Plugins can augment the above list by adding files at runtime. These ``outgoing'' files can be copied from anywhere on the filesystem that Password Management is running on, to anywhere via This can include dotfiles from home directories, or per-node inventory information, or system patches, or whatever.

To do this, a push_pre or push_post plugin needs to register a hashref called $outgoing with the following format:

  $outgoing = {
    'local-file-path' => 'remote-file-path',

...where local-file-path is the absolute path to the file that needs to be copied from the Password Management instance, and remote-file-path is the location on the target node where the file should be placed. For example, if you wanted to copy /var/tmp/ to the /etc directory on every node, you could simply do this:

  $plugin = sub {
    logThis(3, "stub plugin code which does nothing");
    return 1;
  $outgoing = {
    "/var/tmp/" => "/etc/",

There are limitations, however: outgoing files are evaluated at runtime, so there's no easy way to specify a particular file on a per-node or per-user basis. You can, however, modify the list of outgoing files on a per-node basis during push_pre plugin execution. The hashref is an argument to all push plugins (it's the og_hashref argument), so the following is probably doable:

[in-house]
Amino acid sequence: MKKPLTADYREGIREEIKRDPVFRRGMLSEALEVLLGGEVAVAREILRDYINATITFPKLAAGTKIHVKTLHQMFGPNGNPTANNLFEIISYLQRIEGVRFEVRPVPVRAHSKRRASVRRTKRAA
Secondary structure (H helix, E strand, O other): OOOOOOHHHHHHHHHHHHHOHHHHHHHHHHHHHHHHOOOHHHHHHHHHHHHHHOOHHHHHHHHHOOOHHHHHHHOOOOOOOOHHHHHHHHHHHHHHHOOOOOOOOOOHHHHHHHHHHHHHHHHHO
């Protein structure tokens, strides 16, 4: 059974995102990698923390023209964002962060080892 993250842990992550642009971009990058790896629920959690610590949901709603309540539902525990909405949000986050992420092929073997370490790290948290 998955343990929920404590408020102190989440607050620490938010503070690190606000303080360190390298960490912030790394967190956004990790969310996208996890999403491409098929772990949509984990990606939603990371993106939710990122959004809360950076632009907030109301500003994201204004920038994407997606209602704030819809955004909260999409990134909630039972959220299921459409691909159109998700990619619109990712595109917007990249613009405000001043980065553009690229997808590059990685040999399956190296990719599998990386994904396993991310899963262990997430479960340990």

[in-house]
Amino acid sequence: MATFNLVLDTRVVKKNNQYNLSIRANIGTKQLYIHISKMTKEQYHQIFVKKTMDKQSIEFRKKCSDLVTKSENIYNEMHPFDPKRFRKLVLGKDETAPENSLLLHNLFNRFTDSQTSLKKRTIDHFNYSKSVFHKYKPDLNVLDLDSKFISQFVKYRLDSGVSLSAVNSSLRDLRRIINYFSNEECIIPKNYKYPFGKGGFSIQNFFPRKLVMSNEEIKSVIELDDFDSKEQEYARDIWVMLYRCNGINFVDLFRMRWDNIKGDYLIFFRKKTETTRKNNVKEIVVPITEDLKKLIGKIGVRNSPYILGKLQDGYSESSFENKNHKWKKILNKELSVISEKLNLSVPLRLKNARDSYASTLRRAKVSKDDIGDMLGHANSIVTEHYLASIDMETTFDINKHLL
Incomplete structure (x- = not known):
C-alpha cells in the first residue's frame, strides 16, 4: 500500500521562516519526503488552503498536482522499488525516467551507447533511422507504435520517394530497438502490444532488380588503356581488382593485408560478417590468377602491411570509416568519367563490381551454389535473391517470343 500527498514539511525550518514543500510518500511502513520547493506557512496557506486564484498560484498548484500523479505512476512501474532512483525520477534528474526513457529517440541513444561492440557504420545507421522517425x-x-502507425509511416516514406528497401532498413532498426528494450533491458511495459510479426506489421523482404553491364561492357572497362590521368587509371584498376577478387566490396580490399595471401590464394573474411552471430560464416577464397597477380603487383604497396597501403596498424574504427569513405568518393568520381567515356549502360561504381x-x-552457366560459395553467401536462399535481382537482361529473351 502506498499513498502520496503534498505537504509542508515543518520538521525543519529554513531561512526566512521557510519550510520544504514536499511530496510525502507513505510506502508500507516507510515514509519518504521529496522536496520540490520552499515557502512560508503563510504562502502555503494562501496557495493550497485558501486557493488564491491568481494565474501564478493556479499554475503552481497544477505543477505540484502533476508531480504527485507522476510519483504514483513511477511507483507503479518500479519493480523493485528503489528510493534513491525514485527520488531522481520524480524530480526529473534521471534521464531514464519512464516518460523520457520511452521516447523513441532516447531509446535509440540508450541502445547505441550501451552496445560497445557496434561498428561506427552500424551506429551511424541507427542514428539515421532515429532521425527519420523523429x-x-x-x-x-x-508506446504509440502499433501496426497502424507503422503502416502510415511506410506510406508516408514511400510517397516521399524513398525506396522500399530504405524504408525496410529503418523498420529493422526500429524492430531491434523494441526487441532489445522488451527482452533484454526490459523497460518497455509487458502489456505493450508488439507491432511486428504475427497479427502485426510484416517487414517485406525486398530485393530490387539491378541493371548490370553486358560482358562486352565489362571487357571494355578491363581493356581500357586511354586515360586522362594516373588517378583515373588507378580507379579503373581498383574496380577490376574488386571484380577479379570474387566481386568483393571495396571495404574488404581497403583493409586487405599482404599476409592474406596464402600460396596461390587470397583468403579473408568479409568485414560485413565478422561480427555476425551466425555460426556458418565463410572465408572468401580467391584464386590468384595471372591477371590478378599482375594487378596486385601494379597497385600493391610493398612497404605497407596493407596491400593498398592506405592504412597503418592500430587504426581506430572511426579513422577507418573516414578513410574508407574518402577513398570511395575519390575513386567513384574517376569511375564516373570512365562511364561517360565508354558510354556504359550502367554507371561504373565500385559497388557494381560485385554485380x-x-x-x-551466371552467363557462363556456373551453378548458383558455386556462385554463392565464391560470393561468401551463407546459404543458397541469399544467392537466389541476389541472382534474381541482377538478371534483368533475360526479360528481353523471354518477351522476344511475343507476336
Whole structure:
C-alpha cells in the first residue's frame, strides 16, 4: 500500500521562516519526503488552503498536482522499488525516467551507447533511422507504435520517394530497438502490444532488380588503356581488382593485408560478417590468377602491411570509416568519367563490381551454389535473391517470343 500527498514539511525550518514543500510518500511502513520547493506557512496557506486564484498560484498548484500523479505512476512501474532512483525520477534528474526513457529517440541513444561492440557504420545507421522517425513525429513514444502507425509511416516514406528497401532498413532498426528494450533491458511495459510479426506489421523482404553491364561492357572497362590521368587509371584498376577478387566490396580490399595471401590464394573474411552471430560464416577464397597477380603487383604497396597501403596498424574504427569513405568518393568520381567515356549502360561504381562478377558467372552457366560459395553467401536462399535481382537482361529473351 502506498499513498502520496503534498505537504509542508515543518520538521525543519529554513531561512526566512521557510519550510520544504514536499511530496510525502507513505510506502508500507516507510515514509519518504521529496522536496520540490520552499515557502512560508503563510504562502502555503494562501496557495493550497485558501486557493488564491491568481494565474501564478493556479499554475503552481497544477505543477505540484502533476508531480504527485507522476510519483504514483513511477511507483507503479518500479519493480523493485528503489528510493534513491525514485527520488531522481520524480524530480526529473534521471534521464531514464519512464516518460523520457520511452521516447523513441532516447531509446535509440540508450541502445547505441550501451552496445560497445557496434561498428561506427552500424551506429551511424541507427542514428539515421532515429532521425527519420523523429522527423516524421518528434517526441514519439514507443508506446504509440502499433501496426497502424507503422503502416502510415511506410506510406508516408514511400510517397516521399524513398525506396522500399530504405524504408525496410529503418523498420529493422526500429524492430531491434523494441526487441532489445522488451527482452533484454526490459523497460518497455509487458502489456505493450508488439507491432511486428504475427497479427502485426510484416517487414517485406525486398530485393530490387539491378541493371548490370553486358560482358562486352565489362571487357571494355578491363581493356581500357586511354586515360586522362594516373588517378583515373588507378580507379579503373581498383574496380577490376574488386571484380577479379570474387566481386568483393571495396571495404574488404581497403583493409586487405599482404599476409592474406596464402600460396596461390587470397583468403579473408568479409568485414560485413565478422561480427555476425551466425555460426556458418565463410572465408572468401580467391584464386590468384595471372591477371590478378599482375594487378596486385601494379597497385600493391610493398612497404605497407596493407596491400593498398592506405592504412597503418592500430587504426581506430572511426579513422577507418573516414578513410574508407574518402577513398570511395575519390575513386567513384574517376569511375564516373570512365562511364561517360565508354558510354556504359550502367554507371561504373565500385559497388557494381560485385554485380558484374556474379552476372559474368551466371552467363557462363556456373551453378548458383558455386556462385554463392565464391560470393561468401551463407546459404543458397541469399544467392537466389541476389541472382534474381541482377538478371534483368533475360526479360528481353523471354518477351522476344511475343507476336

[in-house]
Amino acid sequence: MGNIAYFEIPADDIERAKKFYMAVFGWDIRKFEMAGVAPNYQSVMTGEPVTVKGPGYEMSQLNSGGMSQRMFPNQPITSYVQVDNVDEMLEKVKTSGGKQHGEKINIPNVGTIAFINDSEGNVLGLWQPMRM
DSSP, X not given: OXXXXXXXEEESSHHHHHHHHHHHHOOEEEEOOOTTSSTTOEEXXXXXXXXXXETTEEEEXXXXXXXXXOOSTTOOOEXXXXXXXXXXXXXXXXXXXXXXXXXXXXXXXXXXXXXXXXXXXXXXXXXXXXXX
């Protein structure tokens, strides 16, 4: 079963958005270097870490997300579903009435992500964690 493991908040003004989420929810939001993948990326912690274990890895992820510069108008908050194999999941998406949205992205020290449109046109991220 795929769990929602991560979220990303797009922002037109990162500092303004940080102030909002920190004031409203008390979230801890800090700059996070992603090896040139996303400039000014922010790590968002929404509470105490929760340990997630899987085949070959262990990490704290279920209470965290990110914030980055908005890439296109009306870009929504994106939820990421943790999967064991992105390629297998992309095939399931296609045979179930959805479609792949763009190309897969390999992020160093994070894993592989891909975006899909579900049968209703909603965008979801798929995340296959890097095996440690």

$plugin = sub {
    my(%arg) = @_;
    my $og_hashref = $arg{og_hashref};
    my $password_work = $arg{password_file};
    open(WORK, "< $password_work") || die "can't read $password_work: $!";
    while (<WORK>) {
      my @entry = split(/:/, $_, 7);
      my $cshrc = join('/', ".cshrc");
      if (-d $entry[5] && -f $cshrc) {
        $og_hashref{ $cshrc} = $cshrc;
    $arg{og_hashref} = $og_hashref; ## be sure to re-assign it when you're done

(Try to limit this, however: if you wanted to automatically copy out, say, .cshrc, .login, .vimrc, .profile, .bash_profile, and then you installed 300 real users into that environment, that's 1500 files copied out to N nodes (where N would be every node in that environment). Additionally, many of these files have the ability to include additional files; users might be surprised to find that only one-half of their bash settings made it.)

Files that are copied out keep the same permissions and ownership found on the local system.